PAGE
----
Just Security has posted a lengthy and detailed analysis of the Trump administration’s notice to Congress. You can read it here.

That the Trump administration lied about its justification for killing Soleimani is probably the least surprising fact in the whole sordid affair. The most surprising is that they complied with the law and reported to Congress at all.

I’ve been a little … disengaged

And by that I mean disengaged from the seemingly never-ending election campaign. This is entirely by design.

I studiously avoided paying attention to the Iowa caucuses, which is good given what a fiasco that turned out to be. And I only know what happened yesterday in the New Hampshire primary because I happened to be in the car with the radio on last evening when results were being announced.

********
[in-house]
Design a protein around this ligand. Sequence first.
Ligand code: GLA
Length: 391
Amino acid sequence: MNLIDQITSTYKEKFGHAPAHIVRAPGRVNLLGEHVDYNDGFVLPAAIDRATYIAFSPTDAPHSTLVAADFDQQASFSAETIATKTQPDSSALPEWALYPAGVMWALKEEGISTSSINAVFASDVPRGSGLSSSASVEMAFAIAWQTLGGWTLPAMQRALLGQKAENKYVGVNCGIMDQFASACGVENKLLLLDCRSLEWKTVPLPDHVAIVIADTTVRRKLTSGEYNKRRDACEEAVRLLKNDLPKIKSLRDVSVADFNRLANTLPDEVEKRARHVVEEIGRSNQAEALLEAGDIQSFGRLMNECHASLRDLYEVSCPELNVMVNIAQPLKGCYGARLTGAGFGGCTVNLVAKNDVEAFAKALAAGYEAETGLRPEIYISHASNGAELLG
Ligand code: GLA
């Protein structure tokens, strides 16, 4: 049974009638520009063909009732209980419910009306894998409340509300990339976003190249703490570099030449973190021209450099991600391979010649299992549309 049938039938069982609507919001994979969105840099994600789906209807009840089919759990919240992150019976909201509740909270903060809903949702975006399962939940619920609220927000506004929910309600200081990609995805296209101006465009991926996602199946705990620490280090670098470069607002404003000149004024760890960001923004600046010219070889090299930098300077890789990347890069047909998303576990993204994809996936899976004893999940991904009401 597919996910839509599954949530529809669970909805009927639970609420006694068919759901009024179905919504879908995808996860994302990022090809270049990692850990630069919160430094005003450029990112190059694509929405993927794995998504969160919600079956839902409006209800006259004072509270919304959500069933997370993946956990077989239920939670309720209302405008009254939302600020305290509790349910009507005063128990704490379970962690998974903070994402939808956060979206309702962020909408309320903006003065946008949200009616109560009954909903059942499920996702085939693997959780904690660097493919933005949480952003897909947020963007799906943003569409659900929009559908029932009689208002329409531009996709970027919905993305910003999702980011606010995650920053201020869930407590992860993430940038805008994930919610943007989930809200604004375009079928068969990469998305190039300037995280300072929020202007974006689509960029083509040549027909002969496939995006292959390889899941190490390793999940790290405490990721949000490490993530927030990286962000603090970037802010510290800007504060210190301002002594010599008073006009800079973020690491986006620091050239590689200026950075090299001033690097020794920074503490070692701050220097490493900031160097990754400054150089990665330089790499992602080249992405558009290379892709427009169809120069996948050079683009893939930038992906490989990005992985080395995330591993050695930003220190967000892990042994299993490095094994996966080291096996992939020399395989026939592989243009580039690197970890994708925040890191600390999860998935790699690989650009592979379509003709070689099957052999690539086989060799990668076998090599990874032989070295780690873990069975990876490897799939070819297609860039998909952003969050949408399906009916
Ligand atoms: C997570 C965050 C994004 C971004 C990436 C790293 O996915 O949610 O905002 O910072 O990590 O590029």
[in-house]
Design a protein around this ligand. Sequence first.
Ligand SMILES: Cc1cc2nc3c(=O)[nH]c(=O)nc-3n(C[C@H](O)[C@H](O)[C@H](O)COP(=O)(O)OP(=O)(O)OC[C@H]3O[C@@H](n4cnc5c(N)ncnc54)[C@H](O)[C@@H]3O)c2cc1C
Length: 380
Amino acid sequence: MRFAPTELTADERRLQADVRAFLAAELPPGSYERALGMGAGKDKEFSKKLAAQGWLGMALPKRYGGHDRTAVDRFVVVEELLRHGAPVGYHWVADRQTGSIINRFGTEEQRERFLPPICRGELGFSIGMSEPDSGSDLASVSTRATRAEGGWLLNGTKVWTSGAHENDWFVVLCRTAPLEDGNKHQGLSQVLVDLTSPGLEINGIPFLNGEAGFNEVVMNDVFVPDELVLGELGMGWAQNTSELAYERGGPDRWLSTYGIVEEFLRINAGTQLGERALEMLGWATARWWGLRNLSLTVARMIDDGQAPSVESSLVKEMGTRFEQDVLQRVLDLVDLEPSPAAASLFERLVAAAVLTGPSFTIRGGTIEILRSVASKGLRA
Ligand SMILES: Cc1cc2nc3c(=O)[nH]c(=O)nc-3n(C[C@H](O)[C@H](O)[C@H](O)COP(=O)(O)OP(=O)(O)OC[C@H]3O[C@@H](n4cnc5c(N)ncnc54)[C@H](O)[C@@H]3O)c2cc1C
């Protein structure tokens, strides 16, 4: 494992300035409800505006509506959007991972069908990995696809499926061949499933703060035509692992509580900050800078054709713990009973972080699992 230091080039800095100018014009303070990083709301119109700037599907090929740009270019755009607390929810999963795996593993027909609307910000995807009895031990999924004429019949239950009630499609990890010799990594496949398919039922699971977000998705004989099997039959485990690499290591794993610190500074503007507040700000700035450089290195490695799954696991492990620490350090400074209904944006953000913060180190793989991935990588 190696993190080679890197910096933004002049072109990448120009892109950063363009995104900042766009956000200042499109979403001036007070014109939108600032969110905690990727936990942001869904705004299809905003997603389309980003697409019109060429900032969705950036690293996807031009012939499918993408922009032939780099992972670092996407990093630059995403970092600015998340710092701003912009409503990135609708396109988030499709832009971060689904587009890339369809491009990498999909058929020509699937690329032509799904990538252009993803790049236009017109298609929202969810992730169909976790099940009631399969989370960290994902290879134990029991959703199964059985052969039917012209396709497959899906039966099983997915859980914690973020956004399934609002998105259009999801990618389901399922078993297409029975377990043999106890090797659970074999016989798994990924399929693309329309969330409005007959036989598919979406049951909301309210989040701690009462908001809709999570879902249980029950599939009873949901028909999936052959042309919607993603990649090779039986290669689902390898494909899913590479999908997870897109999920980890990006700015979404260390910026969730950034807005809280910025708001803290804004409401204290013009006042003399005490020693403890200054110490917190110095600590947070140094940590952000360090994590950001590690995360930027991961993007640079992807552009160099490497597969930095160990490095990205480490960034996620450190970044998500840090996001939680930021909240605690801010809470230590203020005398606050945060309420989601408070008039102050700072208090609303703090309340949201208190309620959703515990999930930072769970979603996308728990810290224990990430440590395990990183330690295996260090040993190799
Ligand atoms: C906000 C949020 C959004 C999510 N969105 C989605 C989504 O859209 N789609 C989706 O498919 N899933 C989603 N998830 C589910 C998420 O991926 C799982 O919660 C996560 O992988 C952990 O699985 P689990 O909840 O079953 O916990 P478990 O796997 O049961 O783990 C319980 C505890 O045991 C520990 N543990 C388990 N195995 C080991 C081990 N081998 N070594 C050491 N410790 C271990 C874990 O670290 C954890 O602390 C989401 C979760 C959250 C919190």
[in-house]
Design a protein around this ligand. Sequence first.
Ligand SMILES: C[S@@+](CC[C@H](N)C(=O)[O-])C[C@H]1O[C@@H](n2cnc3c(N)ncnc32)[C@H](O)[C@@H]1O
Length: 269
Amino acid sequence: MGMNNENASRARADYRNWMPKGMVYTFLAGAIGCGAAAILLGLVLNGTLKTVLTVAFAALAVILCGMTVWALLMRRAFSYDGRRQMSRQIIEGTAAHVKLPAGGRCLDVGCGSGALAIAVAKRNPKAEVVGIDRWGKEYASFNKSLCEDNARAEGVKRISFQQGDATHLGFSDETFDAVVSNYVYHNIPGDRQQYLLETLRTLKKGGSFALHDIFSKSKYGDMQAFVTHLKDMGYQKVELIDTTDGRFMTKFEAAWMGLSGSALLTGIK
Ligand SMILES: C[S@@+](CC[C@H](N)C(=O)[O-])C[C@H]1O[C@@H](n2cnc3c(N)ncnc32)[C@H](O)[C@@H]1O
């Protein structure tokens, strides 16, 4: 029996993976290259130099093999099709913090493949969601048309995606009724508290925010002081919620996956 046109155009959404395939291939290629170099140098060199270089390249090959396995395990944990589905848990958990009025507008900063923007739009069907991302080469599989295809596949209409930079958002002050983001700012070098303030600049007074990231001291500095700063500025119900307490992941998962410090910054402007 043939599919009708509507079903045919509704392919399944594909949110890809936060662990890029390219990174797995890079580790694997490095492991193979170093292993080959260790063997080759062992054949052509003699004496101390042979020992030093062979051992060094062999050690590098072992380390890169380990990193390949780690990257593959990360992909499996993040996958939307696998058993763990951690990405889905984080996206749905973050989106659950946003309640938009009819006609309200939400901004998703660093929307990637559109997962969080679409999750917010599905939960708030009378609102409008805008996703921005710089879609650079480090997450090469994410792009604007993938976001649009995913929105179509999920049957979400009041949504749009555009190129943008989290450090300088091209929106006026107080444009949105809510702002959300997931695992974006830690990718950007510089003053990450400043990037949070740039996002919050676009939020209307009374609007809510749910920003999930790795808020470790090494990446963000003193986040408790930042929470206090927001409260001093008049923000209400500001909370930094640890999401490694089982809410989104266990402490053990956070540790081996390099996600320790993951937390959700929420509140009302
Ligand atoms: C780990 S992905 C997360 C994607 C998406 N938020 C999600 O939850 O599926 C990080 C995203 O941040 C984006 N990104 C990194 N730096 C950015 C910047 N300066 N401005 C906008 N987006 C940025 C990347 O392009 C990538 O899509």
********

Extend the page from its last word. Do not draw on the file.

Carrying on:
I haven’t watched a single Democratic debate. I haven’t written a single blog post on this election cycle, the field of Democratic candidates, or how they stack up against each other. And frankly I feel absolutely fine with that.

I hope not to pay attention to the upcoming contests in Nevada and South Carolina. I may tune in come Super Tuesday in March, and then, a week later, I fully intend to vote in the Michigan primary. I know enough about the field to have preferences. But I don’t know that I’ll write about any of it.

(Credit: Bramhall)